Albuquerque’s Melanie Stansbury decided this was the year to run for office. She filed as a candidate for state representative in Albuquerque, in House District 28 in the Northeast Heights. Republicans have held the seat for over a decade but the Democrat is running an energetic campaign and raising thousands of dollars in donations. Stansbury followed her sister’s lead, a county judge who almost a decade ago went through the Emerge New Mexico program, which trains Democratic woman to run for office. Stansbury joked that she and her sister are the only “Emerge sisters to actually be real sisters in New Mexico.”
An estimated 6,000 people showed up in Albuquerque’s Civic Plaza Saturday to join in a nationwide women’s march against newly sworn-in President Donald Trump. Below, NM Political Report caught up with a few of the protestors. Anna, pictured right: “I’m here because I don’t like the new president. I’m living here temporarily, but I still think that I can’t not protest again him. There are so many things I dislike about him.
A Democratic National Convention bus tour took a break from hitting swing states to drive into New Mexico for a couple of quick rallies Friday, and the focus was clear: Democrats want not only to elect Hillary Clinton, but also win down-ballot races. Clinton campaign Political Director Amanda Renteria told NM Political Report that state- and local-level races are very important. “One of the big lessons of the Obama administration is that he would enact stuff and it would go to the state and it gets torn apart,” she said. “Some people actually didn’t buy into the Affordable Care Act, as you see some of his policies on climate change get unraveled on the state level.”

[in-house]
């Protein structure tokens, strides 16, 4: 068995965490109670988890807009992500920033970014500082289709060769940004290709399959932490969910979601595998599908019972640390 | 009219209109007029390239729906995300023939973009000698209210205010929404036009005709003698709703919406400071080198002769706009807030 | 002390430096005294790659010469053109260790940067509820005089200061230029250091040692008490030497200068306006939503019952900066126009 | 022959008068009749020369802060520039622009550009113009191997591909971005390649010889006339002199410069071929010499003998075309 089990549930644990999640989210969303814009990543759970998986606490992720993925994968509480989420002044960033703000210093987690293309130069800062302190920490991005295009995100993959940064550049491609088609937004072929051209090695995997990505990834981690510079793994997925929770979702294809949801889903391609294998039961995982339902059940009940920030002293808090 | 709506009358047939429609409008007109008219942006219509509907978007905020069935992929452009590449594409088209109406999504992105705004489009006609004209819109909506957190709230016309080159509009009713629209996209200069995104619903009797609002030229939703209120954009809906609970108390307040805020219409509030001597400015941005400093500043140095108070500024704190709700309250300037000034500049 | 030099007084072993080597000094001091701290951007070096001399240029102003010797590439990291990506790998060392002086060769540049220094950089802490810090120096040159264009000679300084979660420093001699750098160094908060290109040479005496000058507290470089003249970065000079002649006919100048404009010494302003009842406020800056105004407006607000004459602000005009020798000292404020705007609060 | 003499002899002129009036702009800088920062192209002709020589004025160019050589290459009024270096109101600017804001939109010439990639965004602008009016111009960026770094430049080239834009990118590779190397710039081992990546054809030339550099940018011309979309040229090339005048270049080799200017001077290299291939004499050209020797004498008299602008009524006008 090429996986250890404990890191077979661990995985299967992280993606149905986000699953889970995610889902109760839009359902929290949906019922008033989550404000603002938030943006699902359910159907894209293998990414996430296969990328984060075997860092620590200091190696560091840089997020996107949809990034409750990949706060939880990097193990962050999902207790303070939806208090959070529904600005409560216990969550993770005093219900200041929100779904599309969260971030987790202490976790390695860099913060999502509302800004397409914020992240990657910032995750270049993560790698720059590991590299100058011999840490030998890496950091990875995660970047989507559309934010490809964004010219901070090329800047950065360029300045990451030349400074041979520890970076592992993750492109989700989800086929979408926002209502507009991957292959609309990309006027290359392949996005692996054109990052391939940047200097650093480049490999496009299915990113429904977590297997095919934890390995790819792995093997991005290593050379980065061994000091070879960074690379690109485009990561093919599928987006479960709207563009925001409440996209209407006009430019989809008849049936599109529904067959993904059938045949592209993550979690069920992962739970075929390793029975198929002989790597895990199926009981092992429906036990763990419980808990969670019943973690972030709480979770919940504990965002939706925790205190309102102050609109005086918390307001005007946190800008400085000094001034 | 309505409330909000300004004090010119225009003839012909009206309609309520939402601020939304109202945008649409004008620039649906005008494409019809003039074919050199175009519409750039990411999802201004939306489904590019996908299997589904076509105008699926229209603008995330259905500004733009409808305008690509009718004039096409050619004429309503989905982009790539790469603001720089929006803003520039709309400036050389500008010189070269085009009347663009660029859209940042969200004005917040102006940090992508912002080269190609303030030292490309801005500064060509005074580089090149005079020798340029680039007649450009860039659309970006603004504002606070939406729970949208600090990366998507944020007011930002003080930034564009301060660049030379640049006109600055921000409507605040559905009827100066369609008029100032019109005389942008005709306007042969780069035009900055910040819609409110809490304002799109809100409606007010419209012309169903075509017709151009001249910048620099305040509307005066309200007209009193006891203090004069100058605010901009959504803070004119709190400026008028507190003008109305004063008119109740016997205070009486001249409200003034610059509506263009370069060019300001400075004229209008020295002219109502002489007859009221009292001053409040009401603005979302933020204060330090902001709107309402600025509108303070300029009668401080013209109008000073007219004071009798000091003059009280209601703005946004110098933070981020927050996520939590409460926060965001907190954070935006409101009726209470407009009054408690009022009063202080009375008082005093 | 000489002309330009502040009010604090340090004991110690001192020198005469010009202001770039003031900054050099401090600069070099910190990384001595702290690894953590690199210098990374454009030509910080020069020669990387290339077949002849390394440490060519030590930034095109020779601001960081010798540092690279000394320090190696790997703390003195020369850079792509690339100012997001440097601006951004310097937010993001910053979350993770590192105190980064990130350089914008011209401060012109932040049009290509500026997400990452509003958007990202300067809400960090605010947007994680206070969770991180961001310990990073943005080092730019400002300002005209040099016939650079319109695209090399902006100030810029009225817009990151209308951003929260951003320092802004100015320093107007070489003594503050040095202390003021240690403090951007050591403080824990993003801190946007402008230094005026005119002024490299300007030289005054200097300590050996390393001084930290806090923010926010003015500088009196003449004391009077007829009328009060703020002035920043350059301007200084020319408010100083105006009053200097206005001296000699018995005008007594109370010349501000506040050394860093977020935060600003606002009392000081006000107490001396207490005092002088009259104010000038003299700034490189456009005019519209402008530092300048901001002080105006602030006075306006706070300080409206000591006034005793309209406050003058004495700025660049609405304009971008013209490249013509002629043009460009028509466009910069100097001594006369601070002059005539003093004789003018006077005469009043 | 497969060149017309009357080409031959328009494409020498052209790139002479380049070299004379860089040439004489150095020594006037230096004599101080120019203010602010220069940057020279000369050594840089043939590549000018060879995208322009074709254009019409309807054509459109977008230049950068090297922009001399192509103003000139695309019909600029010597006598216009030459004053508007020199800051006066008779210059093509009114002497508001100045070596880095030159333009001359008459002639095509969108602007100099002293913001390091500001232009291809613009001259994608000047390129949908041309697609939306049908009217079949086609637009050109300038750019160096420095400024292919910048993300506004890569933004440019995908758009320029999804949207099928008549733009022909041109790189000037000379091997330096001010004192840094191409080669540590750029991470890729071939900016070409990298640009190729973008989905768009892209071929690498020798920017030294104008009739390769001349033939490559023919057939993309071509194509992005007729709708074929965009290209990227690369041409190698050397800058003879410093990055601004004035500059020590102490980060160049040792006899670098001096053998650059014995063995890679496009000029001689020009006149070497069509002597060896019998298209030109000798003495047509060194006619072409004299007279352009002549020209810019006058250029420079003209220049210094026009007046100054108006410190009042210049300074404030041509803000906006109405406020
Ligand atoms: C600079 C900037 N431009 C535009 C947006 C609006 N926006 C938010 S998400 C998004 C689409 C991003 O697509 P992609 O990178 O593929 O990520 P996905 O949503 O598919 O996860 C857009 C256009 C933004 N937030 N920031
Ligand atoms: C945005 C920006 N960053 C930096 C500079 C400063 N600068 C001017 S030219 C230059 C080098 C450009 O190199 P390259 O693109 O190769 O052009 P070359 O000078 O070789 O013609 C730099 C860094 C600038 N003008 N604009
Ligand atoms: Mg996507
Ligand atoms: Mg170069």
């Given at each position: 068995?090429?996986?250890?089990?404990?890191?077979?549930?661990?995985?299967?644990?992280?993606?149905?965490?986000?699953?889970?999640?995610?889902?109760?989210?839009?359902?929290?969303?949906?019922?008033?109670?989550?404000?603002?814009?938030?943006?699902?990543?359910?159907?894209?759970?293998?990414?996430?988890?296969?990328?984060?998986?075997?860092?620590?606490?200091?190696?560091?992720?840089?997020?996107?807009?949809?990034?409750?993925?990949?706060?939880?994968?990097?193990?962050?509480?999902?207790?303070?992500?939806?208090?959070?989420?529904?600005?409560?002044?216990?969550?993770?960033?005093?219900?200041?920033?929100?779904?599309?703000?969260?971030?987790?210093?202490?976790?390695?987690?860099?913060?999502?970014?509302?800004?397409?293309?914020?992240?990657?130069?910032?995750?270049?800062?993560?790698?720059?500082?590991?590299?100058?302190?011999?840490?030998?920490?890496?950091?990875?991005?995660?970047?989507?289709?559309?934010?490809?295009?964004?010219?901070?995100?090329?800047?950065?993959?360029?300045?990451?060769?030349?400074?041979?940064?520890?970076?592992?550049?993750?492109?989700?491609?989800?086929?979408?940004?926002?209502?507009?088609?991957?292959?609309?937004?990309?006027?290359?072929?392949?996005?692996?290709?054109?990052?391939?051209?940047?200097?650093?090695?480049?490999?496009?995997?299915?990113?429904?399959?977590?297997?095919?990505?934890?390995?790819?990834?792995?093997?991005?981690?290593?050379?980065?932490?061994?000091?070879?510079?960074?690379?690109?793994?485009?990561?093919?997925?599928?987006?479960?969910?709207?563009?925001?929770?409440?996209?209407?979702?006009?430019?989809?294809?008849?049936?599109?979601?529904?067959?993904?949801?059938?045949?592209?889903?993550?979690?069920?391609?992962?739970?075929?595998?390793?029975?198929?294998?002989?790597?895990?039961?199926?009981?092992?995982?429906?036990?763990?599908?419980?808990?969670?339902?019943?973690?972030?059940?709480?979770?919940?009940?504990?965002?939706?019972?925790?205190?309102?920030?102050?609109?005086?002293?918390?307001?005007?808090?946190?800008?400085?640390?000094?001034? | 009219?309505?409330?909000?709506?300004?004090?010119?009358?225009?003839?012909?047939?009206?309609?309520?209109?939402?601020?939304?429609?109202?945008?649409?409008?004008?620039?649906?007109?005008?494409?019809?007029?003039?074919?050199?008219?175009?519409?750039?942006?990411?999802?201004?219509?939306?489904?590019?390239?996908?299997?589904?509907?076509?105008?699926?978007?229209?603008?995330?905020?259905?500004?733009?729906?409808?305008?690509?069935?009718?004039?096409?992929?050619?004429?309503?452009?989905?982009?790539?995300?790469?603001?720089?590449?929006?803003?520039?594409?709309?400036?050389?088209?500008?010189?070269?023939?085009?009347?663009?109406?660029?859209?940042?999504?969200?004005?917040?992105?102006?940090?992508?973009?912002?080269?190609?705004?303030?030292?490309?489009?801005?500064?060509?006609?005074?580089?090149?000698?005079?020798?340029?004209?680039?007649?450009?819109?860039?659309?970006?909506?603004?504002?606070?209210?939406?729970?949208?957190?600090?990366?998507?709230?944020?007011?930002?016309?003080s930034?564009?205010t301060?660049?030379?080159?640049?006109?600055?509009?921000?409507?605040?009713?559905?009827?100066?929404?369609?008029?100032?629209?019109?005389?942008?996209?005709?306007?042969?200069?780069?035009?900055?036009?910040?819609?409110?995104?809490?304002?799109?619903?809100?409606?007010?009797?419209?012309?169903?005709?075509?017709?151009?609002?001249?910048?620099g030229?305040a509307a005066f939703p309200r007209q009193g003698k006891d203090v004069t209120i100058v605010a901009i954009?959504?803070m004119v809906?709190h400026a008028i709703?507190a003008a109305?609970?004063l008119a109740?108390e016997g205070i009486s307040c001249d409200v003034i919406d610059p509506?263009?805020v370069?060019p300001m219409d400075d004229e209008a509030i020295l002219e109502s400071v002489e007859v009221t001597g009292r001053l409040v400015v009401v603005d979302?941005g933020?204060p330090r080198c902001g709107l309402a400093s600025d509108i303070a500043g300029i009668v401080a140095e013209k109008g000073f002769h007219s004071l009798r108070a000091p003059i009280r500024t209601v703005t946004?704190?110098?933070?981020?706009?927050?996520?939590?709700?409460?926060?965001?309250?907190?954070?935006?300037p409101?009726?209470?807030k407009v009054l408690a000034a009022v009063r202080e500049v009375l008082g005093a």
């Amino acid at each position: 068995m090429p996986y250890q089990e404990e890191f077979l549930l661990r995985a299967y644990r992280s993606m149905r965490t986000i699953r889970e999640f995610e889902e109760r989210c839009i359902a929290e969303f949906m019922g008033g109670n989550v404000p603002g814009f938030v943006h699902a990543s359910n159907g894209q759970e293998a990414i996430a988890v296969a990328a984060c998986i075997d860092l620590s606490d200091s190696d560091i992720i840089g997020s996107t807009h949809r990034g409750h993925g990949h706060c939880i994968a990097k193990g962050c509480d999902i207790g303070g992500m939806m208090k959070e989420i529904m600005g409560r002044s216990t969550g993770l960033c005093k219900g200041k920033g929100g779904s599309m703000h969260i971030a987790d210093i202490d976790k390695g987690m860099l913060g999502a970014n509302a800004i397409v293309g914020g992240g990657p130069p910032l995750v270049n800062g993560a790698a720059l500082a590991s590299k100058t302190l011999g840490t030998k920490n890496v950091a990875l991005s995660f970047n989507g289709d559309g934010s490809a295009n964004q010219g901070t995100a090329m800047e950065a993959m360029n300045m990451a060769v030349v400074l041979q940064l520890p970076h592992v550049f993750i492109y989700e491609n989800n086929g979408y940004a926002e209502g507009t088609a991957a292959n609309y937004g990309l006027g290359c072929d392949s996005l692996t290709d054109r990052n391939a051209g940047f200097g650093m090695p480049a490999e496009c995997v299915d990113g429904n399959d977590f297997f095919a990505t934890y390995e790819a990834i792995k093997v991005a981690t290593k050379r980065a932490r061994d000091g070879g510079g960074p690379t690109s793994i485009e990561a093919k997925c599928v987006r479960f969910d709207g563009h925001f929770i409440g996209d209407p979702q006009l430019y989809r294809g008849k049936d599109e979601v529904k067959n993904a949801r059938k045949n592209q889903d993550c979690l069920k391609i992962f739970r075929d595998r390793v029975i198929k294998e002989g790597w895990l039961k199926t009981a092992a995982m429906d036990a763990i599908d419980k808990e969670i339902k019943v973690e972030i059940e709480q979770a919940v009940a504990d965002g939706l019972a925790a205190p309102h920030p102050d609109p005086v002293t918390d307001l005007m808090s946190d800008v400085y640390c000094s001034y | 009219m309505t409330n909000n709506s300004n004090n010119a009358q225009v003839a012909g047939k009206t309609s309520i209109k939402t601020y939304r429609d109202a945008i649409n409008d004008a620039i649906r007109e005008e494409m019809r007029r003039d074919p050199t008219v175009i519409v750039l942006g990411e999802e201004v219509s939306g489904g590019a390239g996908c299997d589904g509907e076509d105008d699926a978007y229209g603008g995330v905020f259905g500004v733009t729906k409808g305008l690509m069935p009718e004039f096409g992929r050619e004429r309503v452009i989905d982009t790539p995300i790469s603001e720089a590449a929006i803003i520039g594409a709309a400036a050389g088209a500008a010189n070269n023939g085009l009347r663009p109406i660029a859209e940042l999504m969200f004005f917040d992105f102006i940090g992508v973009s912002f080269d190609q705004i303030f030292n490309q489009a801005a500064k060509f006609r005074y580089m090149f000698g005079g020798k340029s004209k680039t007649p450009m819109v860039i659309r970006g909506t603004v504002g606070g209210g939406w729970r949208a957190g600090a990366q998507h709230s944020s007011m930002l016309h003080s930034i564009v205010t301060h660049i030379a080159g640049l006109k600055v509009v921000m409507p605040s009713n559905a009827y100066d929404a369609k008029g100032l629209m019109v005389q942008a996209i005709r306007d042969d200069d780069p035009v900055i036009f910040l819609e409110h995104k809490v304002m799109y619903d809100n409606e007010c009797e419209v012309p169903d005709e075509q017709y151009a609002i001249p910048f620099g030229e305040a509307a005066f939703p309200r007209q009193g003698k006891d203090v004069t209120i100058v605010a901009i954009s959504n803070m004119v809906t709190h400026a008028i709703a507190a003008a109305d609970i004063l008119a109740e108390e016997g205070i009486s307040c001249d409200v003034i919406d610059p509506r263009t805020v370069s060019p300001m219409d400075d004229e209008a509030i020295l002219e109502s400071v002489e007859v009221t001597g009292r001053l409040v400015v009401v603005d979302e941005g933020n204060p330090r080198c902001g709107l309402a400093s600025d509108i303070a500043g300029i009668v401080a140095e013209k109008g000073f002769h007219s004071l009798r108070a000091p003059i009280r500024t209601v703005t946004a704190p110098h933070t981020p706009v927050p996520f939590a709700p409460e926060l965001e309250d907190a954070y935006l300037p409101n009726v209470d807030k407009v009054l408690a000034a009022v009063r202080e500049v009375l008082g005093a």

When asked why the bus tour, which has already hit 20 states, came to New Mexico which most agree is a safe state for Clinton, Renteria specifically mentioned the state House. “One of the things the secretary has been focused on from the very beginning is not just winning the White House but making sure she has a team across the country,” she said.
Four New Mexico politicos gathered to discuss the state of the presidential race and more on Democracy Now! Wednesday. The discussion comes a little more than a month before New Mexicans go to the polls for the primary. Related: Johnson explains party switch on Democracy Now! Former Gov. Gary Johnson, former Lt. Gov. Diane Denish and State Senators Jerry Ortiz y Pino, D-Albuquerque, and Sue Wilson Beffort, R-Sandia Park, took part in the roundtable, where they discussed the Democratic and Republican primaries.
Former New Mexico Governor Gary Johnson made an appearance on the national progressive talk show Democracy Now! Wednesday. He spoke about the presidential primaries and why he left the Republican party in 2012. The show’s host Amy Goodman asked Johnson if he felt the Republican Party left him. Related: NM politicos talk Clinton, Sanders and, yes, Trump
Johnson said his former party “did not stand up” for him when he was shut out of debates by networks due to his low polling numbers when he originally ran for president in 2012.